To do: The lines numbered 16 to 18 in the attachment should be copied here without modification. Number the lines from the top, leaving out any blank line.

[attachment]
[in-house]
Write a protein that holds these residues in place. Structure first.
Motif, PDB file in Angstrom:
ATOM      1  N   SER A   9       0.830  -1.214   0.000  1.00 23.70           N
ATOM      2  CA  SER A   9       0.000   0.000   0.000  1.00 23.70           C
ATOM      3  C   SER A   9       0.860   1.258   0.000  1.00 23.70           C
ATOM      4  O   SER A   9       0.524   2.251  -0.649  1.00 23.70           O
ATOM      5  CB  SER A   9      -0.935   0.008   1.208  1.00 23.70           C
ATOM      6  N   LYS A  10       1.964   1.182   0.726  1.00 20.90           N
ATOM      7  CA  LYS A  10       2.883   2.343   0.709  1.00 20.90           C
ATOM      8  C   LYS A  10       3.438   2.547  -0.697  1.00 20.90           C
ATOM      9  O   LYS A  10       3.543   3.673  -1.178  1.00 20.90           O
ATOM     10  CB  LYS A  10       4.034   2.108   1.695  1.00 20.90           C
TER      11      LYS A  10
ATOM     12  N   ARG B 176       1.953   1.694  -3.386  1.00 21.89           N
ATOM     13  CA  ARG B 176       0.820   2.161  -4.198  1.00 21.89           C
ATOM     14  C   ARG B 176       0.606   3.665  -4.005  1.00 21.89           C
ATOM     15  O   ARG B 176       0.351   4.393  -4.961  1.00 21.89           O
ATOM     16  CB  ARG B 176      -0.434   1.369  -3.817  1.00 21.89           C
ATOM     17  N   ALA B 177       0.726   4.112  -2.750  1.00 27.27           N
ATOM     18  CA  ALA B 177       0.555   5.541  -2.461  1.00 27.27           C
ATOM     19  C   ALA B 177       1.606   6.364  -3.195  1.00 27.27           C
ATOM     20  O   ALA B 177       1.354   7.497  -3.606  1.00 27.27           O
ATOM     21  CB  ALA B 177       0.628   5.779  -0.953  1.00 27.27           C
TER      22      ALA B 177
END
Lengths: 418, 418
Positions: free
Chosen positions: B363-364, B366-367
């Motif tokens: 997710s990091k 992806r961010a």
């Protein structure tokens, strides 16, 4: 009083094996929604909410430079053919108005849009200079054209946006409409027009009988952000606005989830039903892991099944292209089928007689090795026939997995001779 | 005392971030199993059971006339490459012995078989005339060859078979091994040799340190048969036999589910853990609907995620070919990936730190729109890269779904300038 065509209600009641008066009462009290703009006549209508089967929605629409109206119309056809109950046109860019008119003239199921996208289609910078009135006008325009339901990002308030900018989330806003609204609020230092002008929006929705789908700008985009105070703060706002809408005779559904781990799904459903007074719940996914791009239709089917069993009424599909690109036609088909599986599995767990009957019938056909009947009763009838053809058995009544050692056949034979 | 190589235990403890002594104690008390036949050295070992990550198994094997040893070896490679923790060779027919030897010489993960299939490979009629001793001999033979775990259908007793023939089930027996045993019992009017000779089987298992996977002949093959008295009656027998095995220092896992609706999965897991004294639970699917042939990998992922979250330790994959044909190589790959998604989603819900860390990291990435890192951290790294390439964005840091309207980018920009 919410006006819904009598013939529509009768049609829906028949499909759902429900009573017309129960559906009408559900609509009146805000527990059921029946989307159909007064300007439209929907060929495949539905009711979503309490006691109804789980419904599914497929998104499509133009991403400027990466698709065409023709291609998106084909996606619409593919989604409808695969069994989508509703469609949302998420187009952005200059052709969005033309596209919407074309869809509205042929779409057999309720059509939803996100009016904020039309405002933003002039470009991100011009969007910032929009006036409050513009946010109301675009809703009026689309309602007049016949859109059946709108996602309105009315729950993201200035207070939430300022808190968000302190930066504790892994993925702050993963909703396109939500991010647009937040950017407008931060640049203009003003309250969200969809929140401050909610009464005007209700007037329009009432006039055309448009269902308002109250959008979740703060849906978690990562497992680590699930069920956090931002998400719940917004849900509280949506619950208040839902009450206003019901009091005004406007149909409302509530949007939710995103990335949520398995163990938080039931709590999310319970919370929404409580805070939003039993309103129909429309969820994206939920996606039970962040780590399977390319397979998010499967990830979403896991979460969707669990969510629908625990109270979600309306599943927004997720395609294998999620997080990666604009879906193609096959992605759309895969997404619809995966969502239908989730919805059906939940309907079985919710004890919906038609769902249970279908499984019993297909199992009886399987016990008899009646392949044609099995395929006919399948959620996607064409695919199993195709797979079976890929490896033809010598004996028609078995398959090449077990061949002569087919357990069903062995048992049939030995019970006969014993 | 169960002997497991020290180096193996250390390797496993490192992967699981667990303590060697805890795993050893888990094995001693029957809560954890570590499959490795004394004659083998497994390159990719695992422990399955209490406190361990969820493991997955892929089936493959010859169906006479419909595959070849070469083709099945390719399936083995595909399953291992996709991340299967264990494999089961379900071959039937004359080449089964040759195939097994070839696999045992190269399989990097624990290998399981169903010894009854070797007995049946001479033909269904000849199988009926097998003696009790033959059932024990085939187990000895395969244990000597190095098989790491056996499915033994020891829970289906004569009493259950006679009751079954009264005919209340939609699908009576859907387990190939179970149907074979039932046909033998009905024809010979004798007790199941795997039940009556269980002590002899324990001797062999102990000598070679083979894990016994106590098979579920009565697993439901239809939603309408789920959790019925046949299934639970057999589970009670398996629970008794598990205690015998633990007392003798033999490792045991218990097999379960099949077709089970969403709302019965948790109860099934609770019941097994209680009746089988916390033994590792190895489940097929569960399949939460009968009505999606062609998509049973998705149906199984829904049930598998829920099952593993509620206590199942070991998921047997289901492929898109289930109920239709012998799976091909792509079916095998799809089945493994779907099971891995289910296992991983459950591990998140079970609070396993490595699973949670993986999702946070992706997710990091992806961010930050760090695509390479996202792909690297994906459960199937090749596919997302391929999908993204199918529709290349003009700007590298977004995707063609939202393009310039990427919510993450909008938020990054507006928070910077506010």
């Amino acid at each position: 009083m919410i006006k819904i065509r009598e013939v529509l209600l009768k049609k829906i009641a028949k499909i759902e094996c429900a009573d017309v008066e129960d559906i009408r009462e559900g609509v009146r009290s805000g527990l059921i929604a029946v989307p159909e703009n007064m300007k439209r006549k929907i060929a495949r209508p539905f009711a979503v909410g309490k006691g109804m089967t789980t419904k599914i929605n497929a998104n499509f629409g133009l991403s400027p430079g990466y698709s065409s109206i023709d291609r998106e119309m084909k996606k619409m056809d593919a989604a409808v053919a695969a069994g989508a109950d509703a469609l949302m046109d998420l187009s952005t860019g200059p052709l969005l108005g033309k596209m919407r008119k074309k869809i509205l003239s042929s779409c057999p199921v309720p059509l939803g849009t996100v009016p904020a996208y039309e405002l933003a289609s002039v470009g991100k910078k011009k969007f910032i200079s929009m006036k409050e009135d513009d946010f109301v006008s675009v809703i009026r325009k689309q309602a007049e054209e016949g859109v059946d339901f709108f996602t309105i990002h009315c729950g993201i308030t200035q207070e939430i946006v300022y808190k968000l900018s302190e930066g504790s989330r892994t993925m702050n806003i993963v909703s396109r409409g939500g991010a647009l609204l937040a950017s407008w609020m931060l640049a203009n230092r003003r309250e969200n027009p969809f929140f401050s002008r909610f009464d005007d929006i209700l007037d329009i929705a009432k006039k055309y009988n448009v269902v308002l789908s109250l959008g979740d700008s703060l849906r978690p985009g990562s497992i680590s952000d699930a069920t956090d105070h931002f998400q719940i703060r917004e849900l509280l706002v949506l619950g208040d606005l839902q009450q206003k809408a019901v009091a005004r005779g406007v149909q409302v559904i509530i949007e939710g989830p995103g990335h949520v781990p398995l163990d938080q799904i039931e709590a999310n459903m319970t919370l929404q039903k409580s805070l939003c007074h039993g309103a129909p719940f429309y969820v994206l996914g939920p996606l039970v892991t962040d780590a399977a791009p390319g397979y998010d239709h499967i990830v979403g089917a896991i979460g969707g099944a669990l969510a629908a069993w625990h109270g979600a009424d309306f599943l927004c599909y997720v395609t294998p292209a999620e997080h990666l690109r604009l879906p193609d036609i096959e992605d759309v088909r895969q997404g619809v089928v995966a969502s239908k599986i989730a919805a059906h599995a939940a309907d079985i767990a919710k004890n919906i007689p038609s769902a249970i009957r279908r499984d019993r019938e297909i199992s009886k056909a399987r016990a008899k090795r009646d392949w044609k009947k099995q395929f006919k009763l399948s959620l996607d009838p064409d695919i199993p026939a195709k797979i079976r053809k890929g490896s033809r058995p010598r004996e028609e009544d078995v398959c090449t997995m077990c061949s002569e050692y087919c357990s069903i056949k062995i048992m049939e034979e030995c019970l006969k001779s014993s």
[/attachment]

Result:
ATOM     13  CA  ARG B 176       0.820   2.161  -4.198  1.00 21.89           C
ATOM     14  C   ARG B 176       0.606   3.665  -4.005  1.00 21.89           C
ATOM     15  O   ARG B 176       0.351   4.393  -4.961  1.00 21.89           O